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Corn+Soybean Digest

Minimizing Gin Losses

A device similar to circular saw blades mounted on a common shaft could put thousands of lost dollars back into the pockets of cotton growers.

The invention, developed by agricultural engineer Stanley Anthony, increases ginned lint yield by approximately 10 lbs./500-lb. bale. Anthony has figured out how to prevent the loss of marketable cotton fiber that is normally ejected by a gin's saw lint cleaner, and then disposed of with gin trash.

Anthony explains that about 20 lbs. of material per 500-lb. bale is normally lost during one stage of the lint-cleaning process at the gin. About half of that lint is the same length cotton fiber that eventually finds it way into ginned cotton bales. To remedy that loss of marketable fiber, he developed a new lint-cleaning system with an additional saw cylinder to prevent the good cotton fiber from being ejected with the waste

At the gin, harvested cotton is run through several cleaning machines, such as a stick machine, before separating the fiber from the cottonseed by the gin stand. After the lint is separated from the cottonseed, one or more lint cleaners remove foreign matter and other contaminants before the lint is packaged into 500-lb. bales.

“A typical lint cleaner has one saw cylinder in it,” Anthony says. “This new machine adds a second saw cylinder, which prevents the long cotton fiber from being ejected with undesirable fiber and trash such as grass, leaves and sticks. That second saw cylinder simply plucks the long fiber out and returns it to the lint stream. One doffing brush cylinder removes the fiber from both saw cylinders.”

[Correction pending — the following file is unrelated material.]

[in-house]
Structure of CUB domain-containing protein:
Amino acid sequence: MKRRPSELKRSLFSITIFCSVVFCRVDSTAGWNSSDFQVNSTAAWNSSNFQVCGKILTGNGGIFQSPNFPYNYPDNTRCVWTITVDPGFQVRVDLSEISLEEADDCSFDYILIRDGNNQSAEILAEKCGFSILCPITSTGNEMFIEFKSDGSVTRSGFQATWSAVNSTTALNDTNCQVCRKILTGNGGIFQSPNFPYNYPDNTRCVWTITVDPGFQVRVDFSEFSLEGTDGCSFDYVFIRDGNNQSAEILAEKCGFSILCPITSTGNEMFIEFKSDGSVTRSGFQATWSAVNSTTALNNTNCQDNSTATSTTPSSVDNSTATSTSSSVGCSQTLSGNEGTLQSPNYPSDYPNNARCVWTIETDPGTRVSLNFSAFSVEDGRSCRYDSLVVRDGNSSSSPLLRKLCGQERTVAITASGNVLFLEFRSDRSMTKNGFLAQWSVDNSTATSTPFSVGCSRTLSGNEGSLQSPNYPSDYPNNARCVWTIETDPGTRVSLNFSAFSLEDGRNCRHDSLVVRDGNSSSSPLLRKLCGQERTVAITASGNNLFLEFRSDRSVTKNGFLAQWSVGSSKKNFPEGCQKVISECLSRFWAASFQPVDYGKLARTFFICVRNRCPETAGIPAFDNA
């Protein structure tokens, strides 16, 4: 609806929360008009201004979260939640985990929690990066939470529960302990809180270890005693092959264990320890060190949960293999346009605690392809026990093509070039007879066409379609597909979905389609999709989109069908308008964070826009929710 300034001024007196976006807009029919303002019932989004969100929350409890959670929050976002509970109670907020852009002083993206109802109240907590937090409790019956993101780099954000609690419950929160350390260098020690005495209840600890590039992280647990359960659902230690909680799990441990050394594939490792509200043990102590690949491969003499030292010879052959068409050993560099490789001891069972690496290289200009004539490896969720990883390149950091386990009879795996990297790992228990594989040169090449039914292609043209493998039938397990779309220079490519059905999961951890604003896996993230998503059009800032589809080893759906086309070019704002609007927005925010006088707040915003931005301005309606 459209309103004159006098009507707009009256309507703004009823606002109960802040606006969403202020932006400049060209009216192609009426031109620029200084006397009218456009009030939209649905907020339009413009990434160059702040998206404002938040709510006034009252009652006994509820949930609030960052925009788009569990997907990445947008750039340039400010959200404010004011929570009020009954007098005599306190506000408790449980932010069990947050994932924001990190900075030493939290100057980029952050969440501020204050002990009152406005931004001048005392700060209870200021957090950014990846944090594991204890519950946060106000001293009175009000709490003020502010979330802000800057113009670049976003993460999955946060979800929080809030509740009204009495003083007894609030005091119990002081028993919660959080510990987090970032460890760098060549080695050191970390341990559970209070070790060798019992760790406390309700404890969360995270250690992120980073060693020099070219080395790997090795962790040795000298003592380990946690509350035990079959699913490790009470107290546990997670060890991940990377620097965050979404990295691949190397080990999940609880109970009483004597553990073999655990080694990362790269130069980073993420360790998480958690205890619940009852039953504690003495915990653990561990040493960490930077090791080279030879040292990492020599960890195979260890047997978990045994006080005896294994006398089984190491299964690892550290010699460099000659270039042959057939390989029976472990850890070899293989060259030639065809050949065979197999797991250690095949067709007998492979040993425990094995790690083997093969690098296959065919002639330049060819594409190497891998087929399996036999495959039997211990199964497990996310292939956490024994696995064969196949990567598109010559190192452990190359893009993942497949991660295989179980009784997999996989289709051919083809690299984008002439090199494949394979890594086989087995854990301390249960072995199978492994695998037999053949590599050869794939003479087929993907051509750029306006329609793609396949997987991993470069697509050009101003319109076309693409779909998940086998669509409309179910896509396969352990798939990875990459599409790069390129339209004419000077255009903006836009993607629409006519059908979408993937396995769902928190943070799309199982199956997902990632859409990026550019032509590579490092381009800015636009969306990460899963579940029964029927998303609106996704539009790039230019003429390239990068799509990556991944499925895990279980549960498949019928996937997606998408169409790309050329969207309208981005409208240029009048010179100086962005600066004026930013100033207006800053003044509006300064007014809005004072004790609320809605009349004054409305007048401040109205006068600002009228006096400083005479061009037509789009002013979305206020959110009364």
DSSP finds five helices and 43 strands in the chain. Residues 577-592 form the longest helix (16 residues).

Typical cotton gins use one or two lint cleaners when ginning cotton, depending on the marketing scheme of the cotton producer and the amount of trash in the cotton. This new dual-saw machinery is expected to eventually replace those lint cleaners.

“Many other types of ginning machinery already include this feature,” he says. “I simply added it to the lint cleaner to retain that additional cotton fiber.”

And that additional 10 lbs. of fiber per 500-lb. bale adds up quickly. Assuming an average yield of 1,000 lbs./acre, the use of Anthony's lint cleaner could equal over $10 more income per acre. If two lint cleaners are used to clean the cotton, even more good fiber is saved by the new lint cleaners, because the first lint cleaner can potentially recover 10 lbs. of cotton fiber while the second could save another 5 lbs. of fiber. Across an entire cotton farm, that's thousands of dollars more producers can take to the bank.

After testing Stanley's patented machine for several years in commercial gins, the USDA Agricultural Research Service licensed the dual-saw lint cleaner to Continental Eagle Corporation of Prattville, AL, for commercialization.

Studies at three textile mills indicate that fiber quality is maintained by the new machine.

“We turned over our designs and plans to Continental's research and development department, and they have borrowed the machine developed by USDA's ARS scientists to develop the prototype that eventually will be commercially manufactured for market,” Anthony says.

Anthony, who retired as supervisory agricultural engineer and research leader for the USDA Agricultural Research Service's Cotton Ginning Research Laboratory in Stoneville, MS, operates a private ginning consulting business. His firm, Enhanced Technologies, Inc., is based in Greenville, MS.

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